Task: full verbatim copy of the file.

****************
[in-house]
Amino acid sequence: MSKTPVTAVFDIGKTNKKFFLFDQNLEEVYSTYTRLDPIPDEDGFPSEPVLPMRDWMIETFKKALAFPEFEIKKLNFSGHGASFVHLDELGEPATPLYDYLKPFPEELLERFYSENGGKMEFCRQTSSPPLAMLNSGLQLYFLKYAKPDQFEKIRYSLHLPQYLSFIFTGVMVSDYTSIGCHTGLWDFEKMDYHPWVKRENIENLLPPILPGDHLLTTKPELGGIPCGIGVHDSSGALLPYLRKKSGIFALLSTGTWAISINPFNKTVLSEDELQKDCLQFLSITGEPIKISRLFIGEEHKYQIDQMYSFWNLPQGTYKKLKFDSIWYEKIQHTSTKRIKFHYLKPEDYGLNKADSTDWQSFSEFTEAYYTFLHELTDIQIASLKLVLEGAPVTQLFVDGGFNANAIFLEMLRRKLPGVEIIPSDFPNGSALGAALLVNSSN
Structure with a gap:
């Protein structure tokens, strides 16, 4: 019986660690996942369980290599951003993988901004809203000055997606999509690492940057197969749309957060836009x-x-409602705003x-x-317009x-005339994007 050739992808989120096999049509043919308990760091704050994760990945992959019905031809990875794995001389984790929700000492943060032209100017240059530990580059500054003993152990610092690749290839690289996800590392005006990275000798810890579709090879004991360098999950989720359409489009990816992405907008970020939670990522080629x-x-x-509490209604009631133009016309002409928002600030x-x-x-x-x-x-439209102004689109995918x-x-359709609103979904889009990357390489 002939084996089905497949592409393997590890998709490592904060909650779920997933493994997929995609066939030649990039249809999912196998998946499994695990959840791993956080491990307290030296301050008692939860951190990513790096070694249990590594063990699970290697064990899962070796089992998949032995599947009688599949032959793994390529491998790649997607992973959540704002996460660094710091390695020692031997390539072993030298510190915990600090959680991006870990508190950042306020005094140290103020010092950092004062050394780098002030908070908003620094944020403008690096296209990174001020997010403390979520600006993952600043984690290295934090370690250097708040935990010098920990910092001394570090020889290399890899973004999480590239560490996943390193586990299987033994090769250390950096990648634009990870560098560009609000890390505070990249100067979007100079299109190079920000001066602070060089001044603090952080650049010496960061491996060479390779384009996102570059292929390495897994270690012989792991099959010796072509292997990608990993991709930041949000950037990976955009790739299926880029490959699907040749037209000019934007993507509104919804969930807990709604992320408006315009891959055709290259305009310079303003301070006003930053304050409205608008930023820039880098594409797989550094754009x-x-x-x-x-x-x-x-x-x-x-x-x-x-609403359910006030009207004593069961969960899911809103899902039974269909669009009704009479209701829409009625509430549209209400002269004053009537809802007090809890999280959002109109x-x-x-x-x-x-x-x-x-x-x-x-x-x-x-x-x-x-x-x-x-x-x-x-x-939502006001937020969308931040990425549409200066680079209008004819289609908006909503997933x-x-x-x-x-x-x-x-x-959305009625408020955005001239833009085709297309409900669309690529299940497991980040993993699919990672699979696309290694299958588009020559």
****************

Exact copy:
[in-house]
Amino acid sequence: MSKTPVTAVFDIGKTNKKFFLFDQNLEEVYSTYTRLDPIPDEDGFPSEPVLPMRDWMIETFKKALAFPEFEIKKLNFSGHGASFVHLDELGEPATPLYDYLKPFPEELLERFYSENGGKMEFCRQTSSPPLAMLNSGLQLYFLKYAKPDQFEKIRYSLHLPQYLSFIFTGVMVSDYTSIGCHTGLWDFEKMDYHPWVKRENIENLLPPILPGDHLLTTKPELGGIPCGIGVHDSSGALLPYLRKKSGIFALLSTGTWAISINPFNKTVLSEDELQKDCLQFLSITGEPIKISRLFIGEEHKYQIDQMYSFWNLPQGTYKKLKFDSIWYEKIQHTSTKRIKFHYLKPEDYGLNKADSTDWQSFSEFTEAYYTFLHELTDIQIASLKLVLEGAPVTQLFVDGGFNANAIFLEMLRRKLPGVEIIPSDFPNGSALGAALLVNSSN
Structure with a gap:
């Protein structure tokens, strides 16, 4: 019986660690996942369980290599951003993988901004809203000055997606999509690492940057197969749309957060836009x-x-409602705003x-x-317009x-005339994007 050739992808989120096999049509043919308990760091704050994760990945992959019905031809990875794995001389984790929700000492943060032209100017240059530990580059500054003993152990610092690749290839690289996800590392005006990275000798810890579709090879004991360098999950989720359409489009990816992405907008970020939670990522080629x-x-x-509490209604009631133009016309002409928002600030x-x-x-x-x-x-439209102004689109995918x-x-359709609103979904889009990357390489 002939084996089905497949592409393997590890998709490592904060909650779920997933493994997929995609066939030649990039249809999912196998998946499994695990959840791993956080491990307290030296301050008692939860951190990513790096070694249990590594063990699970290697064990899962070796089992998949032995599947009688599949032959793994390529491998790649997607992973959540704002996460660094710091390695020692031997390539072993030298510190915990600090959680991006870990508190950042306020005094140290103020010092950092004062050394780098002030908070908003620094944020403008690096296209990174001020997010403390979520600006993952600043984690290295934090370690250097708040935990010098920990910092001394570090020889290399890899973004999480590239560490996943390193586990299987033994090769250390950096990648634009990870560098560009609000890390505070990249100067979007100079299109190079920000001066602070060089001044603090952080650049010496960061491996060479390779384009996102570059292929390495897994270690012989792991099959010796072509292997990608990993991709930041949000950037990976955009790739299926880029490959699907040749037209000019934007993507509104919804969930807990709604992320408006315009891959055709290259305009310079303003301070006003930053304050409205608008930023820039880098594409797989550094754009x-x-x-x-x-x-x-x-x-x-x-x-x-x-609403359910006030009207004593069961969960899911809103899902039974269909669009009704009479209701829409009625509430549209209400002269004053009537809802007090809890999280959002109109x-x-x-x-x-x-x-x-x-x-x-x-x-x-x-x-x-x-x-x-x-x-x-x-x-939502006001937020969308931040990425549409200066680079209008004819289609908006909503997933x-x-x-x-x-x-x-x-x-959305009625408020955005001239833009085709297309409900669309690529299940497991980040993993699919990672699979696309290694299958588009020559």